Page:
Part Of Official Scheme? No
Geographic Reach International
Primary Audience Public/other audiences
Results and Impact Saheli Datta: Poster Presentation: International Society for Stem Cell Research (ISSCR) 2015 at Stockholm, Sweden.
•From information to regulation. An 'informed trust' approach to stem cell tourism. (Panel: Ethics and Public Policy: pp 381 - poster T-1537)

-Share knowledge/information
-Future research collaborations
Year(s) Of Engagement Activity 2015
URL http://www.kcl.ac.uk/sspp/departments/politicaleconomy/research/biopolitics/people/ISSCR-2015-Abstra...
 
Description Workshop V (Sussex 2015) Global Biomedical Informatics: Innovation, Governance and Societal Engagement. 
Form Of Engagement Activity Participation in an activity, workshop or similar
Part Of Official Scheme? Yes
Geographic Reach International
Primary Audience Other academic audiences (collaborators, peers etc.)
Results and Impact The heralded revolutions in global medicine and healthcare fuelled by the life sciences and genomics require the harnessing of the ever-increasing waves of data that are being generated, through development and deployment of informatics tools, databases and data interpretation. There is a need to better understand the governance and steering of bioinformatics by national governments' and other governance actors' on the global stage. Social and scientific trends such as open access and consumerisation underpin developments in the field. This workshop addresses this challenge by bringing together a range of stakeholders from academia, policy-making and industry.

-Publications
-Further research and research/collaborations
-Regulatory recommendations
Year(s) Of Engagement Activity 2015
URL http://www.kcl.ac.uk/sspp/departments/politicaleconomy/research/biopolitics/Workshops/Index.aspx
 
Description Workshop VI (KCL, London 2015) Regulatory challenges of personalised medicine: a transnational perspective 
Form Of Engagement Activity Participation in an activity, workshop or similar
Part Of Official Scheme? Yes
Geographic Reach International
Primary Audience Other academic audiences (collaborators, peers etc.)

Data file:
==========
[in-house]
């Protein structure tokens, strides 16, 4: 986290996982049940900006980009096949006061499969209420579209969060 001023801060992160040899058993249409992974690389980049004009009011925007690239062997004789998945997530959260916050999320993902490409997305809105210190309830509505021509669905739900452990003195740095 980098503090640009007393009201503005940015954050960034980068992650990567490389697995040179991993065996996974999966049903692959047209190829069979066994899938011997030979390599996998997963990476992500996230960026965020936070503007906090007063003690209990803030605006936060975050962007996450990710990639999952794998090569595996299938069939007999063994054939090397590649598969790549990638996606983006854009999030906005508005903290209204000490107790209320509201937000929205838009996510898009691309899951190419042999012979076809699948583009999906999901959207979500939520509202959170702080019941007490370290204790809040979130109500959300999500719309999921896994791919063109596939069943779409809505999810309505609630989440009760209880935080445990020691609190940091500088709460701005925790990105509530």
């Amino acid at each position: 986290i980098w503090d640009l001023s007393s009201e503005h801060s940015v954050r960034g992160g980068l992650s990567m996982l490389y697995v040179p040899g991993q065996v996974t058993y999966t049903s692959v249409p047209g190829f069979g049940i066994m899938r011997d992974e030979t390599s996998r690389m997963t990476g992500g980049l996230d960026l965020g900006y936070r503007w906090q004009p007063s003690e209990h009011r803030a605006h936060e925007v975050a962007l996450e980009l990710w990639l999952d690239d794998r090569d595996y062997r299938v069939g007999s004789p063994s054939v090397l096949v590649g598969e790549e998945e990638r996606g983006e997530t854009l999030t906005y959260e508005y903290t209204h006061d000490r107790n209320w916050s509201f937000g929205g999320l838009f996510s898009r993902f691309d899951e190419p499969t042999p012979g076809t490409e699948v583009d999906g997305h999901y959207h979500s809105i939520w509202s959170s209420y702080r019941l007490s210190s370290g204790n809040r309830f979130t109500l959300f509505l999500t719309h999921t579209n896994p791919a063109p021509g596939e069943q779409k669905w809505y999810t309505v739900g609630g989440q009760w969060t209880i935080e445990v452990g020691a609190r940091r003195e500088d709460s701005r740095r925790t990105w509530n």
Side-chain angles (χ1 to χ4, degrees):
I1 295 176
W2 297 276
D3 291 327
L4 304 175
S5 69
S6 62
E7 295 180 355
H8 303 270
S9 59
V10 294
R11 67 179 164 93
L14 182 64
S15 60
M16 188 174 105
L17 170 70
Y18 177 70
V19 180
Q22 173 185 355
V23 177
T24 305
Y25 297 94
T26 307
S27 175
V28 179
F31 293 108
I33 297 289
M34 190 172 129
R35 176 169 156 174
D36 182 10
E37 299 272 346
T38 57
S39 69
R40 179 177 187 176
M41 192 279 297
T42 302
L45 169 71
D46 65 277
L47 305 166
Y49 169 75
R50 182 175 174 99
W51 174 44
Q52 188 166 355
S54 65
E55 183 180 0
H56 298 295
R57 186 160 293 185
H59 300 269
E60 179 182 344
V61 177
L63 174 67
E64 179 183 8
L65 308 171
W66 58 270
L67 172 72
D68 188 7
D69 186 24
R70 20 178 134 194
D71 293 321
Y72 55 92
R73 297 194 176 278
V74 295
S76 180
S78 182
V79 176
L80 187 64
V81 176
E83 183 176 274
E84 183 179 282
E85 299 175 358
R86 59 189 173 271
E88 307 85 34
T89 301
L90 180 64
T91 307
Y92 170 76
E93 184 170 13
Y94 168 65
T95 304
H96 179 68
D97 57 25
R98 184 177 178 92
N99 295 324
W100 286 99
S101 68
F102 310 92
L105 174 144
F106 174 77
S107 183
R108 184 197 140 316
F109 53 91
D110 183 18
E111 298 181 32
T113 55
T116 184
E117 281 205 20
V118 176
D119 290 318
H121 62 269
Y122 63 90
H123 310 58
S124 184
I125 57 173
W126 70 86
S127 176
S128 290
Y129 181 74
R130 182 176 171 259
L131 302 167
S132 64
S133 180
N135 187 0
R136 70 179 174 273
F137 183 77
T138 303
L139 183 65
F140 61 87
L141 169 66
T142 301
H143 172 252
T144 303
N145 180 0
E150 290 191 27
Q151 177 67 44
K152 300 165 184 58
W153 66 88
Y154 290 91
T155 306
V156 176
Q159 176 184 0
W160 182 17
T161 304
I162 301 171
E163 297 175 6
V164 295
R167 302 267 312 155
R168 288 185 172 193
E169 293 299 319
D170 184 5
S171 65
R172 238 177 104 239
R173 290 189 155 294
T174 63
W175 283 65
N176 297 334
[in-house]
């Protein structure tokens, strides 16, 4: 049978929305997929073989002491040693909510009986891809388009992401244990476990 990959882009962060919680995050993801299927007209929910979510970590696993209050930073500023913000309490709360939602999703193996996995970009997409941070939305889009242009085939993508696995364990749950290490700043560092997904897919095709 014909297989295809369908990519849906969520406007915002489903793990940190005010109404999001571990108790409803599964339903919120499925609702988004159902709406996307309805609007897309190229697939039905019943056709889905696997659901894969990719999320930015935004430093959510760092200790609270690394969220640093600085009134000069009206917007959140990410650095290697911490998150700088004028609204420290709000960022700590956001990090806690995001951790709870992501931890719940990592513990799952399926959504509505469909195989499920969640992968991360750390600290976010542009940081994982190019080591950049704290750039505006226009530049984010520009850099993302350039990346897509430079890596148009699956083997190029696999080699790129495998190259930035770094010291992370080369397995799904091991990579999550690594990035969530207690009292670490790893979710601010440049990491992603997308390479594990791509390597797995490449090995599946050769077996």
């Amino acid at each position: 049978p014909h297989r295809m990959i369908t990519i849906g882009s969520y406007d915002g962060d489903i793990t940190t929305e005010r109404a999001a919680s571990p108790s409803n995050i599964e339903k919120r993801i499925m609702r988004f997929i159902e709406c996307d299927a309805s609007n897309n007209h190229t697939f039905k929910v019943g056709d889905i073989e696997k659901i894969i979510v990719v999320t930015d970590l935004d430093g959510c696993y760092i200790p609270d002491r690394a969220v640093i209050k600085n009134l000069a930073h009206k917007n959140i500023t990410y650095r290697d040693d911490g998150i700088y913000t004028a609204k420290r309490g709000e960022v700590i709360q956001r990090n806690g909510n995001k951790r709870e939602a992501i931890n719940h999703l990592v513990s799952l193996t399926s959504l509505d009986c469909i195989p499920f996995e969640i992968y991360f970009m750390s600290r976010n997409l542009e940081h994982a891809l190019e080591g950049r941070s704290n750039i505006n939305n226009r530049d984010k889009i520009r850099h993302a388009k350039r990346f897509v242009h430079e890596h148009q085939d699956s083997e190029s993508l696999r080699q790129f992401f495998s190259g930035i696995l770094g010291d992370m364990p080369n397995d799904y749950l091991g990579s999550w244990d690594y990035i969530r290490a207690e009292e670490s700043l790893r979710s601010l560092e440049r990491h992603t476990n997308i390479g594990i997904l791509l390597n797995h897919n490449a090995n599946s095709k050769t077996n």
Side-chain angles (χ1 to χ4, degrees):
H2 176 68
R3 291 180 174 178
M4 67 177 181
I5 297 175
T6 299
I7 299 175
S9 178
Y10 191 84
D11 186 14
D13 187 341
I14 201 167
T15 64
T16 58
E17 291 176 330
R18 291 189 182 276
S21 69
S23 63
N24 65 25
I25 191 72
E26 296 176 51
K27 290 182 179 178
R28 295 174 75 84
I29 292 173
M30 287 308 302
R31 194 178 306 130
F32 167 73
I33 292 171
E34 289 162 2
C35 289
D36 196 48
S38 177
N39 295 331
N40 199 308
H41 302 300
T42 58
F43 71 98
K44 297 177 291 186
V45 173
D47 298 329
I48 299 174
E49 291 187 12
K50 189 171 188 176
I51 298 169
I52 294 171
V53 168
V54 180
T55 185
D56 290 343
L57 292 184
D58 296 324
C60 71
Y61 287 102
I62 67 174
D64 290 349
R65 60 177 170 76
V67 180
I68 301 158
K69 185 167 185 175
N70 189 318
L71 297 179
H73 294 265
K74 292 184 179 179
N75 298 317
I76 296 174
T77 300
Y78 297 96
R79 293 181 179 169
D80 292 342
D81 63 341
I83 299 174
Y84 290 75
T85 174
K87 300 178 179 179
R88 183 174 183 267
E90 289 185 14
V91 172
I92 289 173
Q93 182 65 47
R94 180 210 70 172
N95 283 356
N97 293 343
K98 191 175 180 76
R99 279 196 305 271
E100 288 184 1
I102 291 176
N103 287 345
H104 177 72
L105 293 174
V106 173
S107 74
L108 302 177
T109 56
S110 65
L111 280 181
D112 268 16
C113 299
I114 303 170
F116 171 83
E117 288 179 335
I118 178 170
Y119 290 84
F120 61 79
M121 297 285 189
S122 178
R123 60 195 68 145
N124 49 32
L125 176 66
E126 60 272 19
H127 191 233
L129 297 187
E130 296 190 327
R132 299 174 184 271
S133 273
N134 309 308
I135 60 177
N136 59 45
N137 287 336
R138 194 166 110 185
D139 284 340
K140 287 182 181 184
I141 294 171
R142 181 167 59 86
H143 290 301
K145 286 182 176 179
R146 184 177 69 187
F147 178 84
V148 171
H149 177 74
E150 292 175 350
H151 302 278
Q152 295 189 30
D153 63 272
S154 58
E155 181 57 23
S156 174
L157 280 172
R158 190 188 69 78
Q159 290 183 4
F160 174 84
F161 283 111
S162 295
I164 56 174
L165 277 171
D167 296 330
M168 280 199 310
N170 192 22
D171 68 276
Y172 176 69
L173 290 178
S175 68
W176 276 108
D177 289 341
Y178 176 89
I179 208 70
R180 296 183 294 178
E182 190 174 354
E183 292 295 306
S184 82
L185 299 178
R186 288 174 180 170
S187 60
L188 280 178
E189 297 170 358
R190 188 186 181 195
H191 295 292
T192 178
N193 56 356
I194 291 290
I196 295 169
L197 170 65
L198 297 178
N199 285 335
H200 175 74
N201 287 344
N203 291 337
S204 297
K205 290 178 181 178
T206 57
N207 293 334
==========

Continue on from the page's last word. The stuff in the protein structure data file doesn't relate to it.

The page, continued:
Results and Impact The workshop explored the regulatory challenges of personalised medicine from a transnational perspective, as part of the ESRC project State strategies of governance in global biomedical innovation; the impact of China and India. The focus was on two critical issues: the challenges associated with rapid
technological advances in next generation sequencing, and the changing regulatory status of laboratory-developed tests. The workshop was attended by a variety of experts from government (US FDA, UK MHRA, UK NICE, EU EMA), industry (Illumina, Janssen Diagnostics, NIBSC-UKSCB) and academia (KCL, INCa-France, UCSF-USA) from Europe, North America, India and China.

-Publications
-Further research and research/collaborations
-Regulatory recommendations
Year(s) Of Engagement Activity 2015
URL http://www.kcl.ac.uk/sspp/departments/politicaleconomy/research/biopolitics/Workshops/Index.aspx
 
Description Workshop VII Advisory Group Meeting (London 2015) 
Form Of Engagement Activity Participation in an activity, workshop or similar
Part Of Official Scheme? Yes
Geographic Reach International
Primary Audience Other academic audiences (collaborators, peers etc.)
Results and Impact -Future grant application
-Further research and research/collaborations
-Information sharing
Year(s) Of Engagement Activity 2015
URL http://www.kcl.ac.uk/sspp/departments/politicaleconomy/research/biopolitics/Workshops/Index.aspx